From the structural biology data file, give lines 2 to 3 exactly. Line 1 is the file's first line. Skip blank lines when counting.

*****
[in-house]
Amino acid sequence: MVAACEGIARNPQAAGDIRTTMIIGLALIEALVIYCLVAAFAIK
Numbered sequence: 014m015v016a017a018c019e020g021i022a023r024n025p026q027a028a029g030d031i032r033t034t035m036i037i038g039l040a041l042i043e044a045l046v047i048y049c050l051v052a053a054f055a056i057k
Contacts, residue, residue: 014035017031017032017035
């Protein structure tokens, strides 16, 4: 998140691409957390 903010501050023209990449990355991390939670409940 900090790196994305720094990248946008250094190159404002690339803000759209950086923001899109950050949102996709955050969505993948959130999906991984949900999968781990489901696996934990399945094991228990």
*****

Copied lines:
Amino acid sequence: MVAACEGIARNPQAAGDIRTTMIIGLALIEALVIYCLVAAFAIK
Numbered sequence: 014m015v016a017a018c019e020g021i022a023r024n025p026q027a028a029g030d031i032r033t034t035m036i037i038g039l040a041l042i043e044a045l046v047i048y049c050l051v052a053a054f055a056i057k